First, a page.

Finally, and probably the most important agronomic principle for the winter months is to pay very close attention to the most important ingredient in your turf management armoury; yourself.
Hopefully, refreshed after a Christmas break now is a great time to assess and take action to plug gaps in your knowledge. We all have them, and the danger is we can quickly trick ourselves into thinking ‘everyone else knows more than we do, when they don’t’. It is also easy to fall straight back into the routine and ‘not have time’, but it is important to make time.
Across the industry, 2017 has been yet another year of environmental and legislative challenges, with 2018 and beyond set to continue that trend.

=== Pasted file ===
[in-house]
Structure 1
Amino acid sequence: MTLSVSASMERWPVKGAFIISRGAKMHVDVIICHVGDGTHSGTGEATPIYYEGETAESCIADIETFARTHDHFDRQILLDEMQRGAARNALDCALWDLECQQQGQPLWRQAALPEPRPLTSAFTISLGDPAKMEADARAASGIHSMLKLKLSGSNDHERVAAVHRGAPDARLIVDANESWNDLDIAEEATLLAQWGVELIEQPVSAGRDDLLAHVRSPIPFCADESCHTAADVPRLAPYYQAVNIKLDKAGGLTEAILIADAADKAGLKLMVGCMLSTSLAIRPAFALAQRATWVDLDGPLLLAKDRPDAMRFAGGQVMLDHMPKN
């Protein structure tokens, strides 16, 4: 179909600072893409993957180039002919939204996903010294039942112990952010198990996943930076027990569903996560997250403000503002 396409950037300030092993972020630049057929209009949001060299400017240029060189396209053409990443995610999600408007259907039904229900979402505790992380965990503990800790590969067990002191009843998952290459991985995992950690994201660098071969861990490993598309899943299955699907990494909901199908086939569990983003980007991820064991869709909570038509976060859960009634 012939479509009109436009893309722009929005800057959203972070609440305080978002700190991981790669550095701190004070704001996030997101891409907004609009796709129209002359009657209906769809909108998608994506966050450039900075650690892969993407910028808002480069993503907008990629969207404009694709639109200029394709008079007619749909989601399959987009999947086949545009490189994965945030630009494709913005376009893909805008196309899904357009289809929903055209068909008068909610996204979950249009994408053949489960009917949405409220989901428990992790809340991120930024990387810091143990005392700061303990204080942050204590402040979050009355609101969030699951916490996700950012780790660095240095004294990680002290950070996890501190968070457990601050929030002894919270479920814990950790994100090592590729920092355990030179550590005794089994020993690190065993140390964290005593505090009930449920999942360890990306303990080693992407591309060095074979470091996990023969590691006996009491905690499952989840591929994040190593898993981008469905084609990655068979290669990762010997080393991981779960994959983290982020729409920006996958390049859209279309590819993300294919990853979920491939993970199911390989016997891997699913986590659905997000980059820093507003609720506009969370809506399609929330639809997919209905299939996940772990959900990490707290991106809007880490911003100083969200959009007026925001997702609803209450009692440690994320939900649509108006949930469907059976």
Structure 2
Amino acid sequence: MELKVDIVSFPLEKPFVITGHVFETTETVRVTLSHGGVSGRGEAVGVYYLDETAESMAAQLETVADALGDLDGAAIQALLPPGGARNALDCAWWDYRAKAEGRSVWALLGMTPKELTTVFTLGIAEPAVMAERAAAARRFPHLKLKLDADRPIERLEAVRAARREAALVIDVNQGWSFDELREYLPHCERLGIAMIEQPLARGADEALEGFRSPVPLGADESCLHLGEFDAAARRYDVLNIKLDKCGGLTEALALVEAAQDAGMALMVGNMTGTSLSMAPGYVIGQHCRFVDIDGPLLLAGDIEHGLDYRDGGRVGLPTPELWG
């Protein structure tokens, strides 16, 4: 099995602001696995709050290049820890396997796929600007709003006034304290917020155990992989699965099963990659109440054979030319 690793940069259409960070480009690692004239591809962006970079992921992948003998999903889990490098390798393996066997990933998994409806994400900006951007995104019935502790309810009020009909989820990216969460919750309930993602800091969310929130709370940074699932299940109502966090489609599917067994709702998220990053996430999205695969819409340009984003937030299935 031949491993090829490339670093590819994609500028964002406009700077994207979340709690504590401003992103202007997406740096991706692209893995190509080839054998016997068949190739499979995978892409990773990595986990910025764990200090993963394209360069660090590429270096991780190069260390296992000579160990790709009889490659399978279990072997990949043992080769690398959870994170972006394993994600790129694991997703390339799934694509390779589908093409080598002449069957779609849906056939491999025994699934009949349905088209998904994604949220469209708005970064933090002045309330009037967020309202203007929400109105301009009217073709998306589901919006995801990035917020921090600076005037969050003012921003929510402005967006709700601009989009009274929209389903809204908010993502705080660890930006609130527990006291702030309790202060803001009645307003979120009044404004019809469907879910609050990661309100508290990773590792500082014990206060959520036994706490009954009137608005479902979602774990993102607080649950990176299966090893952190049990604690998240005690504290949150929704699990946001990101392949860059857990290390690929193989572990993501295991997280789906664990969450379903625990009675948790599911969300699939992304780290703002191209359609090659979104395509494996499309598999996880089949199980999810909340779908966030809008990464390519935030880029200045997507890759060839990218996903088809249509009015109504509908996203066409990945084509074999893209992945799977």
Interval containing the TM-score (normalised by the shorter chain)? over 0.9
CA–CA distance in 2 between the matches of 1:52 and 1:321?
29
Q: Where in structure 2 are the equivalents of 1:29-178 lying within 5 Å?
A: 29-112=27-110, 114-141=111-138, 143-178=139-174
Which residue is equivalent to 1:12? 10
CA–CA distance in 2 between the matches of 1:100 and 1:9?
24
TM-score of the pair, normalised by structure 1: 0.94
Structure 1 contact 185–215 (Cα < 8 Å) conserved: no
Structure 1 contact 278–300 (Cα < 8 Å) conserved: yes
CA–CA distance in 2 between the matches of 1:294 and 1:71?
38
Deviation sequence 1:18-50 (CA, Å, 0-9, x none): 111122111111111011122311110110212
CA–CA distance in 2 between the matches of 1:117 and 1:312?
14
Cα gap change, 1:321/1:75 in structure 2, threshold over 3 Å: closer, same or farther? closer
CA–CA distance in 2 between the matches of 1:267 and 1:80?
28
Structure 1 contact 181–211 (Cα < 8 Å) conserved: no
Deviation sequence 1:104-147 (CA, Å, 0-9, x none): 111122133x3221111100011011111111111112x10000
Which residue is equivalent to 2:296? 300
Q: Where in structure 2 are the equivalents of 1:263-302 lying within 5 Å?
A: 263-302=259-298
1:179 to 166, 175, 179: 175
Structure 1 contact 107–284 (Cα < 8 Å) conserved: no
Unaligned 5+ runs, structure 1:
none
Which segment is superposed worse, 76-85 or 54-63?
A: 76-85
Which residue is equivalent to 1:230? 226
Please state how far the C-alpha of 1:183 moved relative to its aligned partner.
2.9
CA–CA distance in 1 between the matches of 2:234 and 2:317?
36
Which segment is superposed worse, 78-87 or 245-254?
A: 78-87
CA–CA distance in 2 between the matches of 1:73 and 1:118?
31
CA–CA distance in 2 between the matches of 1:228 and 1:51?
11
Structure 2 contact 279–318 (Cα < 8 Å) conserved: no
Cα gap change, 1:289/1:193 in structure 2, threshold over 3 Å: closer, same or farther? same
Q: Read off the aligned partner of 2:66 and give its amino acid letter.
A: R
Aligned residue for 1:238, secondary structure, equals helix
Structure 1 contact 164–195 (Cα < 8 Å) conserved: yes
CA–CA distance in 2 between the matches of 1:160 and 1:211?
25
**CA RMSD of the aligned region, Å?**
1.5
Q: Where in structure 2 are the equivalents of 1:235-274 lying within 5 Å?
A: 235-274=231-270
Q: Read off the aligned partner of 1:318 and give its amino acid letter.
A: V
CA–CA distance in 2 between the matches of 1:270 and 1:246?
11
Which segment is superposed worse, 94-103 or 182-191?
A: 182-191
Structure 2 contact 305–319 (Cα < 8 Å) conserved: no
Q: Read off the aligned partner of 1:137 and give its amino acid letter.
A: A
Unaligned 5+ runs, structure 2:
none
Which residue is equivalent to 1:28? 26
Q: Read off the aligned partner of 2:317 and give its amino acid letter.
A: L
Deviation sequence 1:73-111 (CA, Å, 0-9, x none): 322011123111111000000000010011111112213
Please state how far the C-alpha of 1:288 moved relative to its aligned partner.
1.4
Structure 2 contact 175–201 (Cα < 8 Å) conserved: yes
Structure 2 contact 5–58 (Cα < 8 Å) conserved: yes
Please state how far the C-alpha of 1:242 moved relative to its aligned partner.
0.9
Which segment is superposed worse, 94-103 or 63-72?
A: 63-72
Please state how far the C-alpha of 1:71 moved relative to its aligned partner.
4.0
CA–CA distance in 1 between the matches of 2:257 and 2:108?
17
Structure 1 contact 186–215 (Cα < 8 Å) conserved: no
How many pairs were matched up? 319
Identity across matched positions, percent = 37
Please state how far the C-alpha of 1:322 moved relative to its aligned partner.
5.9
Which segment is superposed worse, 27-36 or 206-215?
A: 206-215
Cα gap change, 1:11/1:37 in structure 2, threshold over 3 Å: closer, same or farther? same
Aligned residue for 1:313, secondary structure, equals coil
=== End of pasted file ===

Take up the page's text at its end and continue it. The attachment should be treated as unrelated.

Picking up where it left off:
The prepared will prevail and the first step of preparedness is stopping, considering and openly taking in knowledge.
- BTME is running during the third week of January and presents a fantastic opportunity to gain knowledge through the continue to learn programme.
- The sum of human knowledge is at our fingertips via the internet.
- Don’t be afraid to ask questions of peers and be open to considering new approaches.
- Quiz Technical Sales Managers who visit your site, the good ones will have sound answers and may even be able to offer complementary training information to you and your teams from either themselves or Technical Managers.